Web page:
In contrast, bland posts, lengthy content, and lack of share-worthy content don’t work well on these social media channels. Lengthy content especially won’t work for Twitter’s 140-character count limit.

On Facebook, people no longer have the attention spans to read long posts. The key is to keep them short and concise! Don’t post bland content just because like, “Happy Monday!” unless you give people a reason to share it. “Happy Monday, here’s a funny meme about Mondays” can improve brand recognition if people share it. People like to laugh. Don’t be afraid to use humor to your advantage.

Find the right balance between your industry-related content and shareable content. If you post too many boring posts related to your industry and calls to action, it can lead to dwindling visibility. At the same time, too many share-worthy posts may leave viewers confused about what your business actually does.

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Here’s what works for social media engagement on Pinterest: videos, images, content related to your industry, and general share-worthy content.

Here’s what doesn’t work: Lengthy content, bland content, content not related to your industry. Like Instagram, Pinterest is very image-focused. It’s a very visual platform. What hooks most people to Pinterest is that people go there to look for ideas. This works best for businesses that can provide ideas or the means to make ideas happen.

For example, a craft blogger can benefit from Pinterest because they can share craft ideas that lead to their blog to learn more, and with their name on the post, they’ll build brand recognition. Non-business related content works best on Pinterest. It’s not a platform where you can just sell your goods and services. Instead, you should share ideas with people that will lead them to your business.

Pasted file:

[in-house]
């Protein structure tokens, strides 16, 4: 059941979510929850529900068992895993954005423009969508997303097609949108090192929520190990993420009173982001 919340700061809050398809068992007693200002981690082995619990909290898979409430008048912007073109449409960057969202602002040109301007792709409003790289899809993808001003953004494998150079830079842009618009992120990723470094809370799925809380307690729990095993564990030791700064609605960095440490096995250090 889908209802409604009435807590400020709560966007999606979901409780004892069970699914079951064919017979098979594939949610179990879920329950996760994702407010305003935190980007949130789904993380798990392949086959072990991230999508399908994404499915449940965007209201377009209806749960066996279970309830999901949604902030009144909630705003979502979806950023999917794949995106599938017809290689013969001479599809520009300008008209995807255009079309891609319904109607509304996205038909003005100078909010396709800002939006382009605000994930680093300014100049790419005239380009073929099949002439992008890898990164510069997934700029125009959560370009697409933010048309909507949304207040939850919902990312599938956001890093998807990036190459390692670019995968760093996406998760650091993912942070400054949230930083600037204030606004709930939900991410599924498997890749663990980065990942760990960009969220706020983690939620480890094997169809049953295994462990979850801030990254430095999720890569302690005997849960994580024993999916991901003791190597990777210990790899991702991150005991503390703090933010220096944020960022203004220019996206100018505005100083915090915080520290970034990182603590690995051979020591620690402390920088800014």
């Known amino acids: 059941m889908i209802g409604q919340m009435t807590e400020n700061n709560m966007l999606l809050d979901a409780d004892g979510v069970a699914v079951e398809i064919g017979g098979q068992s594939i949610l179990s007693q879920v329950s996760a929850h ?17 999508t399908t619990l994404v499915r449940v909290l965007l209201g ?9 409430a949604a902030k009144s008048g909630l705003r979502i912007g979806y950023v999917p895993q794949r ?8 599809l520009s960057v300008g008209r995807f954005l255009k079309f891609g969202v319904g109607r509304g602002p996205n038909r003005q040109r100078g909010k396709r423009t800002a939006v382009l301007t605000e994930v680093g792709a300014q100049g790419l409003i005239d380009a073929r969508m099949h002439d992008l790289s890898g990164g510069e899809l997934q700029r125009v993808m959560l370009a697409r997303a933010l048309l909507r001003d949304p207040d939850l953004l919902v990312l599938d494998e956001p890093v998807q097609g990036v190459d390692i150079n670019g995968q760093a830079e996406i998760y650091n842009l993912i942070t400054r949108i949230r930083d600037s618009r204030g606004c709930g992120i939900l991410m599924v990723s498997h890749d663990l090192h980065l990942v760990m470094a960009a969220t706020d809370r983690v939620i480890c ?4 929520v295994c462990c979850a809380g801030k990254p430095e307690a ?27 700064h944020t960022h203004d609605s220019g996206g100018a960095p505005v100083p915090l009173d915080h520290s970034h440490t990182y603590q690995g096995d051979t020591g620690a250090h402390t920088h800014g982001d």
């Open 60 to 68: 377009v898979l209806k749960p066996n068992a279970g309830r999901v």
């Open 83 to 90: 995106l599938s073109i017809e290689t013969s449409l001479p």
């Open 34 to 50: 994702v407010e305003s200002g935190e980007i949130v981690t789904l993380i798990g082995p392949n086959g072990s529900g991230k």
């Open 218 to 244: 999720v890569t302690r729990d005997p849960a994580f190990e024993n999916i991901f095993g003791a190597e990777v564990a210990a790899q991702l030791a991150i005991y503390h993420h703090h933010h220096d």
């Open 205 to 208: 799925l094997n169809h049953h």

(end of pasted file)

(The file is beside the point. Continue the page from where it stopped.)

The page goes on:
However, there’s a chance Pinterest may not make sense for your business and doesn’t work with a lot of text. Examples of an industry not suited for Pinterest are service-based businesses like plumbing or air conditioning. They just don’t have a lot of corresponding ideas.

Pinterest performs best with shareable content and brand recognition. Text on Pinterest posts is often ignored, so if you want to use text, it’s best to use an infographic that will be displayed as an image. This doesn’t mean you shouldn’t use any text at all. You should have a small headline or message, but not much more than that.


Here’s what works for social media engagement on Instagram: Videos, images, projects, hashtags.

Here’s what doesn’t work: Mostly everything else.

Instagram is a whole other animal. The goal of this medium is to convince people to follow you and talk about your offerings or your personal or business brand. This platform works best for industries like restaurants since customers can post images of their meals for their friends to see.